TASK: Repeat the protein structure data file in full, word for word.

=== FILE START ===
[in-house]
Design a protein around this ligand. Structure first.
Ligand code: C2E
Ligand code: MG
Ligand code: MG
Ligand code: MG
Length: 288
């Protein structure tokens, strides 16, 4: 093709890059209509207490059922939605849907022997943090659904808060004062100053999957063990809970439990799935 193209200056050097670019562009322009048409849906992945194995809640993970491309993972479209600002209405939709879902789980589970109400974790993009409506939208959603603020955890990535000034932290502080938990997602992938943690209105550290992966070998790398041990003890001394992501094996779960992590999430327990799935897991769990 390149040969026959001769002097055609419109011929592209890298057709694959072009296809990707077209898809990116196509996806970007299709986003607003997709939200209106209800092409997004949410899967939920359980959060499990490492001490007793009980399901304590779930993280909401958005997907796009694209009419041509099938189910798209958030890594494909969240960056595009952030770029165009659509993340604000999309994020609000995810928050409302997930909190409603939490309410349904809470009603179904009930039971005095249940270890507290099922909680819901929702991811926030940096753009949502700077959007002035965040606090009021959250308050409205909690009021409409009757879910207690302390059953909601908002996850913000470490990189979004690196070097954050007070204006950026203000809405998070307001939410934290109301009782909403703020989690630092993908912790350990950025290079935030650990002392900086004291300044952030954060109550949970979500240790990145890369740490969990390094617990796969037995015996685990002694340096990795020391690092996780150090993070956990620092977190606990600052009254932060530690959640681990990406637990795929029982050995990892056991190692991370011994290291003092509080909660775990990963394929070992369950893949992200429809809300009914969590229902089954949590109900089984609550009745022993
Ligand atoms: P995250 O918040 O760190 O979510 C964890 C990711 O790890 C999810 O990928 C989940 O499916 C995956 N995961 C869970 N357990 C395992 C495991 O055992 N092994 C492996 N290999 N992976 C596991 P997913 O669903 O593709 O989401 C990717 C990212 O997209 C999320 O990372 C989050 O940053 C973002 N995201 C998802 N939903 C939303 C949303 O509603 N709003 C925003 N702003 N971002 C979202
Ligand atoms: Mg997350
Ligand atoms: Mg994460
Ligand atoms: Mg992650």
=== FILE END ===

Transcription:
[in-house]
Design a protein around this ligand. Structure first.
Ligand code: C2E
Ligand code: MG
Ligand code: MG
Ligand code: MG
Length: 288
């Protein structure tokens, strides 16, 4: 093709890059209509207490059922939605849907022997943090659904808060004062100053999957063990809970439990799935 193209200056050097670019562009322009048409849906992945194995809640993970491309993972479209600002209405939709879902789980589970109400974790993009409506939208959603603020955890990535000034932290502080938990997602992938943690209105550290992966070998790398041990003890001394992501094996779960992590999430327990799935897991769990 390149040969026959001769002097055609419109011929592209890298057709694959072009296809990707077209898809990116196509996806970007299709986003607003997709939200209106209800092409997004949410899967939920359980959060499990490492001490007793009980399901304590779930993280909401958005997907796009694209009419041509099938189910798209958030890594494909969240960056595009952030770029165009659509993340604000999309994020609000995810928050409302997930909190409603939490309410349904809470009603179904009930039971005095249940270890507290099922909680819901929702991811926030940096753009949502700077959007002035965040606090009021959250308050409205909690009021409409009757879910207690302390059953909601908002996850913000470490990189979004690196070097954050007070204006950026203000809405998070307001939410934290109301009782909403703020989690630092993908912790350990950025290079935030650990002392900086004291300044952030954060109550949970979500240790990145890369740490969990390094617990796969037995015996685990002694340096990795020391690092996780150090993070956990620092977190606990600052009254932060530690959640681990990406637990795929029982050995990892056991190692991370011994290291003092509080909660775990990963394929070992369950893949992200429809809300009914969590229902089954949590109900089984609550009745022993
Ligand atoms: P995250 O918040 O760190 O979510 C964890 C990711 O790890 C999810 O990928 C989940 O499916 C995956 N995961 C869970 N357990 C395992 C495991 O055992 N092994 C492996 N290999 N992976 C596991 P997913 O669903 O593709 O989401 C990717 C990212 O997209 C999320 O990372 C989050 O940053 C973002 N995201 C998802 N939903 C939303 C949303 O509603 N709003 C925003 N702003 N971002 C979202
Ligand atoms: Mg997350
Ligand atoms: Mg994460
Ligand atoms: Mg992650």